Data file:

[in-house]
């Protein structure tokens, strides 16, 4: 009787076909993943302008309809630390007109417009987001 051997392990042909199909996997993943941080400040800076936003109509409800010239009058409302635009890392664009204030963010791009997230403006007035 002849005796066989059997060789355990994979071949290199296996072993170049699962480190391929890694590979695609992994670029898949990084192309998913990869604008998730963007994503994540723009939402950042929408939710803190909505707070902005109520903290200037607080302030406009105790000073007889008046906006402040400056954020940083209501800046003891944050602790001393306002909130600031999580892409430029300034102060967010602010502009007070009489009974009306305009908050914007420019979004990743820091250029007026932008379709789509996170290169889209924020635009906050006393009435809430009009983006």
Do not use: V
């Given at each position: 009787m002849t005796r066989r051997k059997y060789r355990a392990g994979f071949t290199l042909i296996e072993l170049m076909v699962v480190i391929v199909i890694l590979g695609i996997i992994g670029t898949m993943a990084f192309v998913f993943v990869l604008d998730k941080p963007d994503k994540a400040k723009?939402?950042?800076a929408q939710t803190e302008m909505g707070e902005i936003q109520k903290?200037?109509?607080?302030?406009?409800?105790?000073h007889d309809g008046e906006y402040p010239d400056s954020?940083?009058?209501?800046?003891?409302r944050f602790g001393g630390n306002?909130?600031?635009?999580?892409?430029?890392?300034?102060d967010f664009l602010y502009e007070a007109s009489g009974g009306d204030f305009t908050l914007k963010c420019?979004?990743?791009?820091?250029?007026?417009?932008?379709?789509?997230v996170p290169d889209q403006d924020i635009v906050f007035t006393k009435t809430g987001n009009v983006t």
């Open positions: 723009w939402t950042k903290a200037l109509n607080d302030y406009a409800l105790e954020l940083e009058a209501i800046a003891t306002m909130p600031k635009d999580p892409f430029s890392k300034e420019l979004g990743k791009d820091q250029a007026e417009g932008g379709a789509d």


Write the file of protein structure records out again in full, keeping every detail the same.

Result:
[in-house]
């Protein structure tokens, strides 16, 4: 009787076909993943302008309809630390007109417009987001 051997392990042909199909996997993943941080400040800076936003109509409800010239009058409302635009890392664009204030963010791009997230403006007035 002849005796066989059997060789355990994979071949290199296996072993170049699962480190391929890694590979695609992994670029898949990084192309998913990869604008998730963007994503994540723009939402950042929408939710803190909505707070902005109520903290200037607080302030406009105790000073007889008046906006402040400056954020940083209501800046003891944050602790001393306002909130600031999580892409430029300034102060967010602010502009007070009489009974009306305009908050914007420019979004990743820091250029007026932008379709789509996170290169889209924020635009906050006393009435809430009009983006």
Do not use: V
């Given at each position: 009787m002849t005796r066989r051997k059997y060789r355990a392990g994979f071949t290199l042909i296996e072993l170049m076909v699962v480190i391929v199909i890694l590979g695609i996997i992994g670029t898949m993943a990084f192309v998913f993943v990869l604008d998730k941080p963007d994503k994540a400040k723009?939402?950042?800076a929408q939710t803190e302008m909505g707070e902005i936003q109520k903290?200037?109509?607080?302030?406009?409800?105790?000073h007889d309809g008046e906006y402040p010239d400056s954020?940083?009058?209501?800046?003891?409302r944050f602790g001393g630390n306002?909130?600031?635009?999580?892409?430029?890392?300034?102060d967010f664009l602010y502009e007070a007109s009489g009974g009306d204030f305009t908050l914007k963010c420019?979004?990743?791009?820091?250029?007026?417009?932008?379709?789509?997230v996170p290169d889209q403006d924020i635009v906050f007035t006393k009435t809430g987001n009009v983006t």
């Open positions: 723009w939402t950042k903290a200037l109509n607080d302030y406009a409800l105790e954020l940083e009058a209501i800046a003891t306002m909130p600031k635009d999580p892409f430029s890392k300034e420019l979004g990743k791009d820091q250029a007026e417009g932008g379709a789509d």